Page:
It was a harsh lifestyle. The premise of Puritanism was to strip away all material and traditional aspects of the Church of England and practice extreme piety. Puritans were under constant scrutiny by fellow congregation members. Deviation from piety was dealt with swiftly by disapproval and discipline. Hell, fire and brimstone was the primary sermon.

Persecution in England prompted a massive immigration to New England, where communities were formed. These communities adhered to principles of Puritanism strictly. Those found in contravention were subject to banishment, corporal punishment and even, in some cases, death by hanging.

Now back to Herod. Her aunt and uncle operated a tailor’s shop. One day when she was minding the counter, a young man came in. Herodios was enthralled and contrived to establish a relationship. This is the man she would marry in great haste (without divulging her true age of 13) so she could escape and immigrate to New England.

Life in New England and with her husband isn’t the deliverance she craves. Scraping a living off the land is harsh and her husband, John Hicks, brutal. Puritanism reigns. Herod becomes friends with dissenters within the community, liaisons with repercussions.

Rebel Puritan is a novel of a young girl who struggles to find dignity and freedom within her world; a world in which women have few rights and are subject to male domination. Her efforts bring both success and tragedy. But her determination never fails.

Herod and her world come to life through Butler with her imaginative and gritty details. For example, I felt I lived through Herod in a dugout home on a treed lot in a small community in New England where every action was scrutinized.

Butler is skilled at evoking the realisms, hardships, hard-won victories and inevitable decisions a woman faced in 17th Century England and America. The numerous characters who populate Rebel Puritan have flesh and bones.

I recommend Jo Ann Butler’s Rebel Puritan without reservation. I eagerly await receipt the continuation of Herod Long’s life in Reputed Wife, to be released later this fall.

My rating: 4.5/5 Stars (Most Excellent)

 Darlene Elizabeth Williams

 
http://darleneelizabethwilliamsauthor.com/hfreviews/rebel-puritan-by-jo-ann-butler-historical-fiction-novel-review/
 

 
My first impression of the books was that the farm looked charming, but boring. I’m glad I was wrong! Lost Nation, Iowa is everything you would expect from a small farm town in Iowa. It’s a town where everyone knows your name and your business. However, that doesn’t stop the dynamic Francesca from dancing to the beat of her own drum. Lucinda Sue Crosby has created a memorable set of characters with depth and style for this summer love story. Francesca’s granddaughter relives the best summer of their lives with colorful flare as the duo embark on adventures completely unbecoming a lady of the 1940’s. At the same time, the book also gently probes the cultural taboos of the time while the young Sarah begins coming of age.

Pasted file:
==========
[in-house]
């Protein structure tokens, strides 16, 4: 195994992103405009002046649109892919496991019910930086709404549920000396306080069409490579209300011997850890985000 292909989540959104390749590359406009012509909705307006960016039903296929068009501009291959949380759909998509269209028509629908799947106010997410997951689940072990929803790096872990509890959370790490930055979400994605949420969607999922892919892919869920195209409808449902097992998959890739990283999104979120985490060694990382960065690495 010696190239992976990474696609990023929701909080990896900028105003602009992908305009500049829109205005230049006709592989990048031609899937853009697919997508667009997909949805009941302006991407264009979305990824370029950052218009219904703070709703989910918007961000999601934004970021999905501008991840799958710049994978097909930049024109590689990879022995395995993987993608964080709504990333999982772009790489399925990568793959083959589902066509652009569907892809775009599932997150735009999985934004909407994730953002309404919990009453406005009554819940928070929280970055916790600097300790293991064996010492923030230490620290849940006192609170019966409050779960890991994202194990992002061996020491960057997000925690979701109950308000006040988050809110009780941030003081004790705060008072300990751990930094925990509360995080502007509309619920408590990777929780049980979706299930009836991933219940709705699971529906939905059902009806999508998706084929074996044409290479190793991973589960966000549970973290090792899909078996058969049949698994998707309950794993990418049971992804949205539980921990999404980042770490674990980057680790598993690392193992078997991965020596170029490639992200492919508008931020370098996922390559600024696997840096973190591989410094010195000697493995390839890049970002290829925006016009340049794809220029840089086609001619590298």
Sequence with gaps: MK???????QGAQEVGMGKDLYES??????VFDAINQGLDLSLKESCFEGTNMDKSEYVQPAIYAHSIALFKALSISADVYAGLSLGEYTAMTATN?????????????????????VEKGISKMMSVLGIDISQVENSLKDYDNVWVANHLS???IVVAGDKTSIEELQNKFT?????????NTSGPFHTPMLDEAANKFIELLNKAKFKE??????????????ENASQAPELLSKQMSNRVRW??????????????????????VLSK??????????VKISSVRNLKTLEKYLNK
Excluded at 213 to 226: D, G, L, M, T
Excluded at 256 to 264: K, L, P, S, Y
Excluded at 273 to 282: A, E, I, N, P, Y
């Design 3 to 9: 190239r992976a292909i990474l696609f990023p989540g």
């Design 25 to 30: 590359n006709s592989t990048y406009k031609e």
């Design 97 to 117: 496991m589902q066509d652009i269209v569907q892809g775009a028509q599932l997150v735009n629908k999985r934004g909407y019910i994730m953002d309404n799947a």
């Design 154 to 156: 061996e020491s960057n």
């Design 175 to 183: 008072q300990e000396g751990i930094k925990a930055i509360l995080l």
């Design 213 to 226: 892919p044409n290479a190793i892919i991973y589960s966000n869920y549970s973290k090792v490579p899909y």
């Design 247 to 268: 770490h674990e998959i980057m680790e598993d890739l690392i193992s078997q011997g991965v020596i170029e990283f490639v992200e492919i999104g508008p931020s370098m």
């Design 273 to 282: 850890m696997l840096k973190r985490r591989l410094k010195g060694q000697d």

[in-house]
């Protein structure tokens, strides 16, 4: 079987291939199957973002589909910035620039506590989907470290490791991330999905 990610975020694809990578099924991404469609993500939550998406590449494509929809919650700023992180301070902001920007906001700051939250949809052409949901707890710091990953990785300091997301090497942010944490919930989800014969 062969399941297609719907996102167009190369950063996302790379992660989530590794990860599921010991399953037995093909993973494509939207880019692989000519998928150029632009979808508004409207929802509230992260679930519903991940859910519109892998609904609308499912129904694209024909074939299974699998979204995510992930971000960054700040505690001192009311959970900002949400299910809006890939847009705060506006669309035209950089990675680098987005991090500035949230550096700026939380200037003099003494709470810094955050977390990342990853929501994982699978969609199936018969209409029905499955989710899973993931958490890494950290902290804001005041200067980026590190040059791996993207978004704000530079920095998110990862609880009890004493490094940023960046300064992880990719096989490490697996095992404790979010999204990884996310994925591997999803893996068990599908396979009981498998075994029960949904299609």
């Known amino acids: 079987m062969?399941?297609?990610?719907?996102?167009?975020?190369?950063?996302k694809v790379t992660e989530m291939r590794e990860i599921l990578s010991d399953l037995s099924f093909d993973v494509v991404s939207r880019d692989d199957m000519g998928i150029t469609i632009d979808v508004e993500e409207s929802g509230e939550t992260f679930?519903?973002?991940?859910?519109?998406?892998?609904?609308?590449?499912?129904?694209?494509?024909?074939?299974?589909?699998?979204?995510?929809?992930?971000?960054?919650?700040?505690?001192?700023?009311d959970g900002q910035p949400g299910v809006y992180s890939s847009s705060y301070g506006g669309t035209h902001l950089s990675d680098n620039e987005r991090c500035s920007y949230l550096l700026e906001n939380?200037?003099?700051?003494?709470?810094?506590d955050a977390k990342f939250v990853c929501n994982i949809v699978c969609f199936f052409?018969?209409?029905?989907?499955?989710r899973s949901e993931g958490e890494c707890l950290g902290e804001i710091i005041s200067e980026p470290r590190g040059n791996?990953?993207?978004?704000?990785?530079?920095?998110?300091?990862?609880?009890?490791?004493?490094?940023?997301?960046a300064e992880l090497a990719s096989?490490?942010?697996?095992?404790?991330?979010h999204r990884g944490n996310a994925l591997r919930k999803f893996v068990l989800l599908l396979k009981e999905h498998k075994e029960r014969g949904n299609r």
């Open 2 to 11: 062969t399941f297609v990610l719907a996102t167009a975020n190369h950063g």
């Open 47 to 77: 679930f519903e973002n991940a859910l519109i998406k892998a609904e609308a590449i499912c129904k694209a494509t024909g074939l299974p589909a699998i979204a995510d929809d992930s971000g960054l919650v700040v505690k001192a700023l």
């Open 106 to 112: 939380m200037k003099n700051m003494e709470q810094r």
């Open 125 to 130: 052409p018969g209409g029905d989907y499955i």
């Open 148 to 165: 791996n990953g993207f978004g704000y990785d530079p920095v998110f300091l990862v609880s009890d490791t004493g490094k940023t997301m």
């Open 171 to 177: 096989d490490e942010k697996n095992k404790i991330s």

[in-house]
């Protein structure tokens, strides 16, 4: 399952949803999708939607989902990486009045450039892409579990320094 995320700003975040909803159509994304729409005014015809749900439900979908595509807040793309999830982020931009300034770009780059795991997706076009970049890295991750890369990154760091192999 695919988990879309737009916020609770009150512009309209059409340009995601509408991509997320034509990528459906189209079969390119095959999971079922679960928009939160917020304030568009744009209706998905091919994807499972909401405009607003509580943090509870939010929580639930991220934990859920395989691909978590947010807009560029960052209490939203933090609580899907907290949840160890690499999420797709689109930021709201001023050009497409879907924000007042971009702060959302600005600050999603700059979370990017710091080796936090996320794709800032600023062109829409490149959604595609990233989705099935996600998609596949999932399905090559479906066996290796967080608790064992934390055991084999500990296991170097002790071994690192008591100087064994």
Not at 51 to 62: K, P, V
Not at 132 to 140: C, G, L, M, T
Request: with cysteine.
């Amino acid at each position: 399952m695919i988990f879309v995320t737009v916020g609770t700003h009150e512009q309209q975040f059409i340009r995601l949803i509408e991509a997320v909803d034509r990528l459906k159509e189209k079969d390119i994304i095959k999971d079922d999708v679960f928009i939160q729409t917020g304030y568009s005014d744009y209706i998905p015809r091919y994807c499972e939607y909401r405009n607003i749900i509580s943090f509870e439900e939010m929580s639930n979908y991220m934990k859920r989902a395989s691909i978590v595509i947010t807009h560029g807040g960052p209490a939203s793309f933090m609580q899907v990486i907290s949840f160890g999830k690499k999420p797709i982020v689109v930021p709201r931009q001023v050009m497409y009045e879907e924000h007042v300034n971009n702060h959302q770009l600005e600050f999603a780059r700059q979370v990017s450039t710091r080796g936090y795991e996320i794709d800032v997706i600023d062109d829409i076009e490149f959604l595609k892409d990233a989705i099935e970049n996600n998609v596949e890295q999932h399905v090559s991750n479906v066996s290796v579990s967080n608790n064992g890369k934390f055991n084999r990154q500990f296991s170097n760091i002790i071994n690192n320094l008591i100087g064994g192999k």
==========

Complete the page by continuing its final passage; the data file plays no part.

The story is well developed and engaging. As a summer beach read this is wonderful and I was moved to tears by the close of the book. I found the descriptions to be full and vivid. The mystery within the story adds a nice touch. It was well constructed and not completely predictable. The cover art however, was a huge disappointment. I think that this was a missed opportunity. After all the wonderful events that unfold within the pages, a more engaging cover would have been good. I would recommend this book to anyone looking for a lite beach read, as well as those with an interest in the 1940’s.
 
 
 
Brandy Strake 

                                                 

 
 
Advertisements

Leave a Reply

Fill in your details below or click an icon to log in:

WordPress.com Logo

You are commenting using your WordPress.com account. Log Out / Change )

Twitter picture

You are commenting using your Twitter account. Log Out / Change )

Facebook photo

You are commenting using your Facebook account. Log Out / Change )

Google+ photo

You are commenting using your Google+ account. Log Out / Change )

Connecting to %s